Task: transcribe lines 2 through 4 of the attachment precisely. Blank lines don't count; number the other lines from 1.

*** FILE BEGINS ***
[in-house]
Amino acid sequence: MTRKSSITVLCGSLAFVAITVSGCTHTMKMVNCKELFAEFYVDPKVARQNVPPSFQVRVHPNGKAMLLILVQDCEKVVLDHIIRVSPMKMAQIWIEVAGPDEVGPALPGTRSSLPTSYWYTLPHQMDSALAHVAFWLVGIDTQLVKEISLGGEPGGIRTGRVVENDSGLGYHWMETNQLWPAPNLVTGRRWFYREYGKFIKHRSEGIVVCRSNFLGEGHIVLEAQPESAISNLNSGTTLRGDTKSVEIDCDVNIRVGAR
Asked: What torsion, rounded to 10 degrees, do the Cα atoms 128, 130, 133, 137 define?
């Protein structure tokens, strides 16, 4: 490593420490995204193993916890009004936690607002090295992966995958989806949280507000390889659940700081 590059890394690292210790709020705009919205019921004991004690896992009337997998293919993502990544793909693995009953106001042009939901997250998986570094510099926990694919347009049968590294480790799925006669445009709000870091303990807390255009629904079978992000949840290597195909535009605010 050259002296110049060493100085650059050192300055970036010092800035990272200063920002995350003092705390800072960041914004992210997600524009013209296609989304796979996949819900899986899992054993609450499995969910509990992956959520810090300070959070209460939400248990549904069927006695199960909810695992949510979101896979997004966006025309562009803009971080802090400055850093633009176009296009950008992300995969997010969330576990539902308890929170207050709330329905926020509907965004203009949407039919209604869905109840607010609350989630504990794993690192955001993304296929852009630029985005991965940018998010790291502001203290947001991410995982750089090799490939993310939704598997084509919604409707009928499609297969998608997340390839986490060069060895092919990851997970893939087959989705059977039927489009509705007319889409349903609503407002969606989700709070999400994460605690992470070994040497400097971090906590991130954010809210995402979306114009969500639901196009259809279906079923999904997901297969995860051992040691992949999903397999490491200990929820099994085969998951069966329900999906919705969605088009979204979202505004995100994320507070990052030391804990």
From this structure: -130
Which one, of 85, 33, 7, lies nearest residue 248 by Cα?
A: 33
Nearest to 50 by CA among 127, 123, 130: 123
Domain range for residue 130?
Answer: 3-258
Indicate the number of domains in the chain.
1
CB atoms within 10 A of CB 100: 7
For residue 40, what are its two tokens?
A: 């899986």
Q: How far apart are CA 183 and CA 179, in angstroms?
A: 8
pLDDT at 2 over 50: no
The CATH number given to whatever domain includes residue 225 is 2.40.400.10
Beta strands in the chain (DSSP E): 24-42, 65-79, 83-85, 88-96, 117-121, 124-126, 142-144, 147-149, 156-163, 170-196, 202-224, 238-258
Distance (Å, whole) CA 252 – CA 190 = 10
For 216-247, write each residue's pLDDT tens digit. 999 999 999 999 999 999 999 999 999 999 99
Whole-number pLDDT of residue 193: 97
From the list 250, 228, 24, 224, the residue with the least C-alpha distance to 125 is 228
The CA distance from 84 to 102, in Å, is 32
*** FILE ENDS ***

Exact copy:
Amino acid sequence: MTRKSSITVLCGSLAFVAITVSGCTHTMKMVNCKELFAEFYVDPKVARQNVPPSFQVRVHPNGKAMLLILVQDCEKVVLDHIIRVSPMKMAQIWIEVAGPDEVGPALPGTRSSLPTSYWYTLPHQMDSALAHVAFWLVGIDTQLVKEISLGGEPGGIRTGRVVENDSGLGYHWMETNQLWPAPNLVTGRRWFYREYGKFIKHRSEGIVVCRSNFLGEGHIVLEAQPESAISNLNSGTTLRGDTKSVEIDCDVNIRVGAR
Asked: What torsion, rounded to 10 degrees, do the Cα atoms 128, 130, 133, 137 define?
């Protein structure tokens, strides 16, 4: 490593420490995204193993916890009004936690607002090295992966995958989806949280507000390889659940700081 590059890394690292210790709020705009919205019921004991004690896992009337997998293919993502990544793909693995009953106001042009939901997250998986570094510099926990694919347009049968590294480790799925006669445009709000870091303990807390255009629904079978992000949840290597195909535009605010 050259002296110049060493100085650059050192300055970036010092800035990272200063920002995350003092705390800072960041914004992210997600524009013209296609989304796979996949819900899986899992054993609450499995969910509990992956959520810090300070959070209460939400248990549904069927006695199960909810695992949510979101896979997004966006025309562009803009971080802090400055850093633009176009296009950008992300995969997010969330576990539902308890929170207050709330329905926020509907965004203009949407039919209604869905109840607010609350989630504990794993690192955001993304296929852009630029985005991965940018998010790291502001203290947001991410995982750089090799490939993310939704598997084509919604409707009928499609297969998608997340390839986490060069060895092919990851997970893939087959989705059977039927489009509705007319889409349903609503407002969606989700709070999400994460605690992470070994040497400097971090906590991130954010809210995402979306114009969500639901196009259809279906079923999904997901297969995860051992040691992949999903397999490491200990929820099994085969998951069966329900999906919705969605088009979204979202505004995100994320507070990052030391804990």